The Origins of Metastasis Have Been Discovered

The Origins of Metastasis Have Been Discovered ...

Metastatic cells form in a primary tumour and then move away from it, move to other organs, attach to them, and form new tumours. This is because these cells, which are referred to as PAME by the researchers, now appear as therapeutic targets. These findings can be found in the journalCell Reports.

Metastatic cells are involved in many forms of cancer. They begin by removing primary tumours and migrate. They travel through the tissues surrounding them, through blood vessels or lymphatic channels. Along the way, they may attach to one or more organs, such as the lungs, brain, bones, and liver, and develop new tumours called metastases. This spread of the disease can adversely affect a patient''s recovery chances.

Previous studies have identified metastatic cells during migration. It is also known that certain therapies may induce them. However, the exact mechanisms of their development remain unknown. Ariel Ruiz i Altaba, a full professor in the Department of Genetic Medecine and Development at the University of Colorado, has explained that this phenomenon is difficult to understand because before they migrate, there is no indication of future metastatic cells or pro-metastatic cells.

Cells that should have died

The group of UNIGE scientists has now provided some answers. Despite a recent research, the immediate death within the primary tumour has forced certain cells to acquire pro-metastatic states. This near-death experience occurs particularly in the context of certain therapies that would have been denied energy or oxygen. These cells, named PAME, are now called for post-apoptotic pro-metastatic cells.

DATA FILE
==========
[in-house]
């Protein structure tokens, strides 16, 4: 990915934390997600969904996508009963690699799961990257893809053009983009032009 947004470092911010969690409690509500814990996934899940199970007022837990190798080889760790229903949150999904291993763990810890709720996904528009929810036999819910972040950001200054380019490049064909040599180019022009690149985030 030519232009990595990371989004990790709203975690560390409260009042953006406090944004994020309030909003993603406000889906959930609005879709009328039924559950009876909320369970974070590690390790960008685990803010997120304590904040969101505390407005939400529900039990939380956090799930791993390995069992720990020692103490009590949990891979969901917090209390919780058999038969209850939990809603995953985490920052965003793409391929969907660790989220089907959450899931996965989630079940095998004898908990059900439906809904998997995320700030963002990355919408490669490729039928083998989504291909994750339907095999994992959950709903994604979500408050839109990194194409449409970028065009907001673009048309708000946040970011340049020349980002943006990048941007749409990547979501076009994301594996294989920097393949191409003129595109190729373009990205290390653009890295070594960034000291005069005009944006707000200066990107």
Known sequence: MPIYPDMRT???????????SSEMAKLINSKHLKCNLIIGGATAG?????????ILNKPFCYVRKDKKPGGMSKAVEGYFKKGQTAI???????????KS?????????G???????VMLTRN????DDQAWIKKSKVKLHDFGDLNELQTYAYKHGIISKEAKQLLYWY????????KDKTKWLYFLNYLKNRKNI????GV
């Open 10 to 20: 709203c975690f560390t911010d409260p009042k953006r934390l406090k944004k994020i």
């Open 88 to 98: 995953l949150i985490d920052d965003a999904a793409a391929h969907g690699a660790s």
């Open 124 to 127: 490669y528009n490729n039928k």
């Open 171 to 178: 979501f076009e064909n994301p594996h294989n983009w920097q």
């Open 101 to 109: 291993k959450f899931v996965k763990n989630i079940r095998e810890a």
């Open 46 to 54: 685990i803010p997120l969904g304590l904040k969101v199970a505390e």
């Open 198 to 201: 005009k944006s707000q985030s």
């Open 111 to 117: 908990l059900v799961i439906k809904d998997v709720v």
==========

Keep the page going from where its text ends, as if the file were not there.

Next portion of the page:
A storm of cytokines

UNIGE researchers developed tumour samples from two colon cancer patients. Tumour cells from these samples were then then transplanted into mice, where they grew and formed new tumours. These cells were subjected to an imminent death experience, causing endoplasmic reticulum stress similar to that caused by certain chemotherapeutic medications. This allowed the development of PAME cells.

PAMEs are triggering a wave of cytokines, proteins and other factors that assure cell-to-cell communication, inducing adjacent cells to become PIMs, for PAME-induced migratory cells. These PIMs then associate with PAMEs and assist them to develop metastases.

These findings provide promising new possibilities for therapeutic management, including the prevention of pro-metastatic fields generated by certain therapies. Currently, one of the major prerequisites for therapy is tumor shrinkage. Professor Ruiz i Altaba believes that PAME cells now appear to be as therapeutic and metastasis prevention targets.

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